All of the filters on test let you fit a lens cap onto them. When cleaning filters, we used a clean lens cloth, and a Lens Pen FilterKlear, which has a flat cleaning tip designed to clean flat filter glass, compared to the standard lenspen which is concave to clean the convex surface of a lens. 

HOYA HD UV Performance

HOYA HD UV Sample Photos

When shooting in normal situations, with no bright light source in the frame, it was difficult to tell any difference between a photo taken with a filter or without. However, when there was a bright light source in the frame, such as the sun, or street lights, it was possible to see lens flare from the lens, plus additional lens flare when using a protective filter, and in some cases a loss of contrast. The amount of additional lens flare from the filter depended on the filter being used, with the HOYA HD UV showing very limited additional flare, whereas the the Kenko AIR UV and Kenko MC370 UV Slim filters showed a noticeable increase in flare, as well as reduced contrast. The HOYA filters did not show a loss of contrast, and the HOYA HD UV performed the best out of all the filters on test, with the least flare and virtually no loss of contrast. 

Value For Money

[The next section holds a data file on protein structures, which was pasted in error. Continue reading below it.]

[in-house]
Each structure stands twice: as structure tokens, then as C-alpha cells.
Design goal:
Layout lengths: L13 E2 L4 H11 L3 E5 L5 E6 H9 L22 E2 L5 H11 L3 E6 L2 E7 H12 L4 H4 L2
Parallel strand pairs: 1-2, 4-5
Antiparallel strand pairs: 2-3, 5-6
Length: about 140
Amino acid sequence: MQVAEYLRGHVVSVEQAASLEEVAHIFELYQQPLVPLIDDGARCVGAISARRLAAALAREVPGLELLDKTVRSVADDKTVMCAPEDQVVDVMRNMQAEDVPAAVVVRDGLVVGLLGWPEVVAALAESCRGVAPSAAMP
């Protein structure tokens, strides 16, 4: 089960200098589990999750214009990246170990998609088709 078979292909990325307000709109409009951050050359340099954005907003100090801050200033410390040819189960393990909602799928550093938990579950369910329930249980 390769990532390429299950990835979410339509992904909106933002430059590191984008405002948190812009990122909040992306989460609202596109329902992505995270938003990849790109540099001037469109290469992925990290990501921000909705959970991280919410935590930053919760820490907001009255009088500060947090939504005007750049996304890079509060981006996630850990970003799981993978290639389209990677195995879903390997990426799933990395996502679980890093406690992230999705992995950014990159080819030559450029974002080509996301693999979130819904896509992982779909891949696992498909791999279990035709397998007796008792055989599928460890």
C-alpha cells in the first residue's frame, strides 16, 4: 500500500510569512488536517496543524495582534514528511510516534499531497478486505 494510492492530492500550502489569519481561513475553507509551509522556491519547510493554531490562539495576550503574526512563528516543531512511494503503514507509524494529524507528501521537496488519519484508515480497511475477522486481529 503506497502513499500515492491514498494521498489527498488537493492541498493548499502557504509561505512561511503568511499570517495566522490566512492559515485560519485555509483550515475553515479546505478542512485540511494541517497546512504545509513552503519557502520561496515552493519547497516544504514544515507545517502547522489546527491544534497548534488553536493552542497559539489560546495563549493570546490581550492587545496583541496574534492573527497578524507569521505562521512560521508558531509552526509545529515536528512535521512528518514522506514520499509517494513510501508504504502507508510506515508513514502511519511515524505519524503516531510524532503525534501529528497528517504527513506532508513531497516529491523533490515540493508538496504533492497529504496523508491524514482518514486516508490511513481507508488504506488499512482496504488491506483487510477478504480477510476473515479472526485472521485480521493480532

The HOYA HD UV is available for £35 (58mm), the HOYA HMC UV(C) is available for £15 (58mm), the HOYA Skylight (1B) is available for £19, the Kenko MC370 UV (Slim) is available for £21 (58mm), whilst the Kenko AIR UV filter is available for £13 (58mm). In comparison, a generic UV filter from ebay costs around £4. 

HOYA HD UV Verdict

The UV filter is a bit like insurance, you don't necessarily need it, but if you do drop something, you'll be glad you had it. When buying a protective filter, you need to make sure there is no degradation of image quality. The HOYA HD UV filter performed the best, with the smallest amount of flare out of the 5 filters we tested, and offers the strongest glass of them all. The coating also makes it easy to clean, and is a good choice to protect a high-quality lens. If you have a budget lens, then it's possible the cost of the filter may not be worth the investment. However, if you have an expensive lens, then the relatively low cost of a protective filter is a worthwhile investment, and we were particularly impressed by the HOYA HD UV filter.

HOYA HD UV Pros

Round case provided
Strong and easy to clean
Minimal flare even shooting into the sun

HOYA HD UV Cons

Smooth black frame could make it more difficult to fit and remove
Most expensive protective filter out of those compared

FEATURES  
HANDLING  
PERFORMANCE  
VALUE FOR MONEY  
VERDICT  

The HOYA HD UV performed well maintaining high image quality, whilst also being easy to clean.

Join ePHOTOzine and remove these ads.

Explore More

Comments


dannyr 8 46 United Kingdom
10 Jul 2015 4:36PM
I bought one of those 8 Ebay UV filters, it was truly terrible, it caused intense flare and sucked out the contrast of the images. I knew it would be bad, but it was worse than I could ever imagine!

If you want to save money and want to protect the lens, buy a third party lens hood instead. It costs the same and wont ruin your images.

Join ePHOTOzine for free and remove these adverts.

Sign In

You must be a member to leave a comment.

ePHOTOzine, the web's friendliest photography community.

Join For Free

Upload photos, chat with photographers, win prizes and much more.